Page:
I’ll admit I was a little excited at the announcement of Mario Kart 8, but that is mainly because they seemed to have amped up the gameplay and made what was a simple racing game, look hectic and that is what pulled me in. But again, not exactly a huge breakthrough for Nintendo. Though now that Nintendo has joined the online gaming community, this should do very well for them and I’m excited to play against the online community with all these new elements.
Then there was the montage of third party games in development. Most, if not all, are games coming out for the other platforms as well and some of them are games that come from series that have had a strong presence on the other consoles long before the Wii U came to fruition. So there is not much incentive for buying the Wii U versions. As much as Nintendo boasted about all of the third party support it would have this time around, there wasn’t a whole lot in that department to get excited about. The only few that actually seemed worthwhile were The Wonderful 101, Bayonetta 2, and X. And notice how two of those games are being developed by Platinum Games.
After the third party games, Nintendo went back the franchises they own. Surely this would be the moment when Nintendo would blow our minds. Sadly our minds were not blown. Retro finally revealed their secret project, which turned out to be another Donkey Kong Country title. Again, I’m sure this game will be very fun, but it’s not the game the Wii U needs right now.
Legend of Zelda: Wind Waker HD was announced months ago so there was no surprise when they showed footage from the game. The game looks even more gorgeous than the original did. I’m excited for this, as I’m sure every Zelda fan is, that was a given. But here Nintendo had the opportunity to say something about the new Zelda game that everyone knows is in development. Did they have to show a trailer? No. They could have shown a simple piece of concept art and talked about the direction they are going with the game and that could have been enough. Instead we got nothing.
Then there was the reveal of the new Super Smash Bros. Again not a surprise as Nintendo said they would be showing it at E3. The game actually looks like it will play much better than Super Smash Bros Brawl did. What came as a huge surprise to gamers (and much to our excitement) was that we would finally be able to play as Mega Man, a character fans have been begging for since the second game in the franchise. Ok, so there was something to get excited for. But seeing as how that game isn’t due out well into next year, that doesn’t do Nintendo much good.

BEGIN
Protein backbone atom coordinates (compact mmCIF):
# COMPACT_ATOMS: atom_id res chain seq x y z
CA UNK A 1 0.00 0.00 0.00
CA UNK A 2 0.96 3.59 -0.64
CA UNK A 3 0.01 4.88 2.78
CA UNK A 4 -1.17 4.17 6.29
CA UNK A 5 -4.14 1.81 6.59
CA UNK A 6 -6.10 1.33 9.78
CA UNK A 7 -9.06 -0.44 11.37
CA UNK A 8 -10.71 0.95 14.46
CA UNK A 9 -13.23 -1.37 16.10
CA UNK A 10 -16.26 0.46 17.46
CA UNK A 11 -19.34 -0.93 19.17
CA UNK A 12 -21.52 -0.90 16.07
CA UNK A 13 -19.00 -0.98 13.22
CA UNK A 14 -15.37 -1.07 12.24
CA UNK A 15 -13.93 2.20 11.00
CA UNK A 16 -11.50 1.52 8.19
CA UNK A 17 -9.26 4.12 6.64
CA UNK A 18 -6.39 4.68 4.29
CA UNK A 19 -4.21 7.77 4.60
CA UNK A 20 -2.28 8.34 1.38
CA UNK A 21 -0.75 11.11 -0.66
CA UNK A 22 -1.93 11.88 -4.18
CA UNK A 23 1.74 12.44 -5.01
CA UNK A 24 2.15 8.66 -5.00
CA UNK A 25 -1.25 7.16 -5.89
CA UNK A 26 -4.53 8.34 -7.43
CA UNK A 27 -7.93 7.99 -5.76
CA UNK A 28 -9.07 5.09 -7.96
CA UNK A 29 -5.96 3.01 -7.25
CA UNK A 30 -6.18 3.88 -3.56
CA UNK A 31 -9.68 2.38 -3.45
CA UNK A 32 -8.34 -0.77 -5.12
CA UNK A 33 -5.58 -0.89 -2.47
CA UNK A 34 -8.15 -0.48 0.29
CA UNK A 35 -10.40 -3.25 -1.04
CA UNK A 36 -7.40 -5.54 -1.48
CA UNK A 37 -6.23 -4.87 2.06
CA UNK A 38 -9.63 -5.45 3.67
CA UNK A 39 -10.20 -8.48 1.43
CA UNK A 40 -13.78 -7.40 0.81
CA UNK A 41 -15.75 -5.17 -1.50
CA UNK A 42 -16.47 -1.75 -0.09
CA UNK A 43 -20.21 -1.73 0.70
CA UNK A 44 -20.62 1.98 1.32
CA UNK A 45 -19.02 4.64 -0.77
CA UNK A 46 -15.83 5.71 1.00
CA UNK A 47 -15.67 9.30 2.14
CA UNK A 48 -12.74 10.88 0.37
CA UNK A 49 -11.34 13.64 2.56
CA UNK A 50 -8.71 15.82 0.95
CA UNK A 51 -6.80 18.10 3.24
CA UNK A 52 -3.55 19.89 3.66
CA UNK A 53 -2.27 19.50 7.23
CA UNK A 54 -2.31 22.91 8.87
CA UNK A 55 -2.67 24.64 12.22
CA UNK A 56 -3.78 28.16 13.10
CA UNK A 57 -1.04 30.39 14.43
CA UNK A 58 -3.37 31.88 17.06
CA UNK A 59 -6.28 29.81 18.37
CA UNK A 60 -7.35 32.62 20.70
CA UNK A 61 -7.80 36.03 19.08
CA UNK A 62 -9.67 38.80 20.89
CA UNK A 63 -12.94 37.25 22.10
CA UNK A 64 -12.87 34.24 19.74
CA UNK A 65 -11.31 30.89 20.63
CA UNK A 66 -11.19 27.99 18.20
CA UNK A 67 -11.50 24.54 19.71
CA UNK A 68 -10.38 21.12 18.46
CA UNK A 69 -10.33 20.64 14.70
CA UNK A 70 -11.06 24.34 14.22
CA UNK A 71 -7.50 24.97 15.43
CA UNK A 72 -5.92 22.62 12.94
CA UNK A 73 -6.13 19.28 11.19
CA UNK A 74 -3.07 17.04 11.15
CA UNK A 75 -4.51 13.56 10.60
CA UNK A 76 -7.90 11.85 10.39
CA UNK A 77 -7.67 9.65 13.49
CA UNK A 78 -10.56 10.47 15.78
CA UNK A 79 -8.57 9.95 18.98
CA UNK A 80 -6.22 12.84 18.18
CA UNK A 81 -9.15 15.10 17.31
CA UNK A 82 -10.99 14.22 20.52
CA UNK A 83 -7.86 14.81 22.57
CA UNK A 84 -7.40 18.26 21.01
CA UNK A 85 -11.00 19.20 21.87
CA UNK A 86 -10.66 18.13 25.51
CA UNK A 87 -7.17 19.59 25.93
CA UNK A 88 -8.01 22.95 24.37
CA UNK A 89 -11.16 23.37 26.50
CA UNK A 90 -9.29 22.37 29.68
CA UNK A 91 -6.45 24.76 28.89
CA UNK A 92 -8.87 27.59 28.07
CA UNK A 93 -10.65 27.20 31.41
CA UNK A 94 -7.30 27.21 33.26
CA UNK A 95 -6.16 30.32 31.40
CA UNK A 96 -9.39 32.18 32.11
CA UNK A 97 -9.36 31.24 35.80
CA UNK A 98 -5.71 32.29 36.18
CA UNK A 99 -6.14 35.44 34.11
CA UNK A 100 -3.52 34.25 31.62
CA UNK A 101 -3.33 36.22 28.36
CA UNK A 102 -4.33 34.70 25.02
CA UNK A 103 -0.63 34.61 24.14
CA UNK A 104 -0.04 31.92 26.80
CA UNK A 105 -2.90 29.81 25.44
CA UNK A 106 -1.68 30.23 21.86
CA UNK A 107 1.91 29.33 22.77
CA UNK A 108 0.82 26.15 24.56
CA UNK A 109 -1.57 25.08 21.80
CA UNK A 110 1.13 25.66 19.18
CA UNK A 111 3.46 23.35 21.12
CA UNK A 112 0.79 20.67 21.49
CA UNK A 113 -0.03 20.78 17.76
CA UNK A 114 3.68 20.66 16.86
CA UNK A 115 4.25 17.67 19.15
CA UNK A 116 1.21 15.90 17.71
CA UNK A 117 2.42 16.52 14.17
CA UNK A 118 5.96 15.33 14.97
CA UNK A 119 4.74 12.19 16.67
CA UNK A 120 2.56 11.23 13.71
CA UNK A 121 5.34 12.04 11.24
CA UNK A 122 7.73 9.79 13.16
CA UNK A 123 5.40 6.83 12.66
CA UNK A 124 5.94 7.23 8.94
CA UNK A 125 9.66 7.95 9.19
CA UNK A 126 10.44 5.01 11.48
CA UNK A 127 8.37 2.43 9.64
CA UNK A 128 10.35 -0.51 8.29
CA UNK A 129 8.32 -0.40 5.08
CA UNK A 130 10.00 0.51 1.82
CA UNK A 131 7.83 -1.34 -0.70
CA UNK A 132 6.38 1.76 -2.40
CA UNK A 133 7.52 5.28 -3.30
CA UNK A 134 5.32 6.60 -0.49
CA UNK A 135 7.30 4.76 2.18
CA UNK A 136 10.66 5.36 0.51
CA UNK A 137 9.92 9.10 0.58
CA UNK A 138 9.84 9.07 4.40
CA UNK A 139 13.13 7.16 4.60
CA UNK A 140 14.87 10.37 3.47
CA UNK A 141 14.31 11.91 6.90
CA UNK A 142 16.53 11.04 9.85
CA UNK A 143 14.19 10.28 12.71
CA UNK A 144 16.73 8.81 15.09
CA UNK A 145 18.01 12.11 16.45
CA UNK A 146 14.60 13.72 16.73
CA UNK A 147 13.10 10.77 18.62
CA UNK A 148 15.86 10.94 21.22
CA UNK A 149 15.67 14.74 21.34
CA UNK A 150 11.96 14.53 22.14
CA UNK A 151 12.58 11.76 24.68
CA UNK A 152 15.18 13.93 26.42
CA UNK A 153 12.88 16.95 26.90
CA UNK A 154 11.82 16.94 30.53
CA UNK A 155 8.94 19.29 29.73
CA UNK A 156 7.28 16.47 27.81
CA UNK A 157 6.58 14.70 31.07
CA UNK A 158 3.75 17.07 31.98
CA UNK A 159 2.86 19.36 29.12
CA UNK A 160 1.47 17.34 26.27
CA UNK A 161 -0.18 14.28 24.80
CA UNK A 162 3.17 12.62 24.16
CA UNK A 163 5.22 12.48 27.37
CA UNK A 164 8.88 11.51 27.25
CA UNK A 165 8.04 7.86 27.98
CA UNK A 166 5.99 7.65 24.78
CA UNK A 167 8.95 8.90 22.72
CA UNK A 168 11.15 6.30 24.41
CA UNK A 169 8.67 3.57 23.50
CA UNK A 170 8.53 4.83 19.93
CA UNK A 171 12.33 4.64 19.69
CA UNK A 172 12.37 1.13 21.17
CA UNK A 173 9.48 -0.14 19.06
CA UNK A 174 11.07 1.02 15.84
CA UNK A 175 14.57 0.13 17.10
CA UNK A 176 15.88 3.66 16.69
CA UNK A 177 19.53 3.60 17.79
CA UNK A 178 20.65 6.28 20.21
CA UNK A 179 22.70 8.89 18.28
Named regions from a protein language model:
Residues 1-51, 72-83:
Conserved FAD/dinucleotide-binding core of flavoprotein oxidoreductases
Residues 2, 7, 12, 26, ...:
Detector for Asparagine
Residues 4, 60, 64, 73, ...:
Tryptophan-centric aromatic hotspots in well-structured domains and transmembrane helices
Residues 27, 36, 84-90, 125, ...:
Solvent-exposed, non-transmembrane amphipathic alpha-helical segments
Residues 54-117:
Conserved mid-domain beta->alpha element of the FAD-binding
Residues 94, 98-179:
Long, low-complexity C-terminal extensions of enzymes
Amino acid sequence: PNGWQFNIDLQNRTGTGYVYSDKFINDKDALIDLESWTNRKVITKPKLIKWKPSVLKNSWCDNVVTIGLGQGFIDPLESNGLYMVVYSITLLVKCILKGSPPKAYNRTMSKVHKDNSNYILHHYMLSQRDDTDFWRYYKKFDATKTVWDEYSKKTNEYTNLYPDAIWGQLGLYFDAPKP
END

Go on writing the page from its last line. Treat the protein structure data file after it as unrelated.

Now with all of the properties that Nintendo owns, this was their chance to pull out all the stops and revisit some franchises that haven’t been touched for a long time. Star Fox, for example, could have been an excellent franchise to revisit given the gamepad functionality. Let’s not forget that Nintendo went an entire console generation without a Star Fox game and no, re-releasing Star Fox 64 for the 3DS doesn’t count. Earthbound could have been another series to bring back for long time fans. If there was ever a time to reinvent this franchise, now would be it. While I’m sure we will get a Metroid game down the road, this would have been the time to at least mention it, to give the fans something to get truly excited for. Or since Nintendo seems so content on making Mario games, why not give us another Super Mario RPG. The original for the Super NES was a fantastic game and with the Wii U, this would be a great time to bring the Mushroom Kingdom to life in a new way and allow us to explore it in RPG fashion.
As for their third party support, Nintendo should have been more proactive on that front. Instead of waiting for third party developers to come to them with games, they should have been out there asking developers to collaborate on games with them. They could have gone to Square Enix and offered to work with them on a new iteration of Chrono Trigger for example. There is no shortage of developers out there and Nintendo has the opportunity to work with them to make some truly great games, yet they felt compelled to play it safe.
And that is why Nintendo failed at E3. They played it safe; making the games that they know will make them money, but in the end is not pushing the company forward in their innovation. This was their shining moment to show us something new and also revisit the many franchises they have stockpiled. And since they decided to rush and release the Wii U rather than wait and create a console that could compete with the PS4 and Xbox One, they set themselves up to fail in the long run. It pains me to say it, but Nintendo has failed, not because they didn’t cater to the fans, but because they didn’t explore their options and instead wasted many opportunities to make some truly memorable games. It is still early in the Wii U’s cycle, but if this is what Nintendo intends on doing for the duration of its cycle, then I say stop making consoles and just make great software for the other platforms. Nintendo is capable of far more innovation in their games than they have shown, and it is that innovation I yearn to see.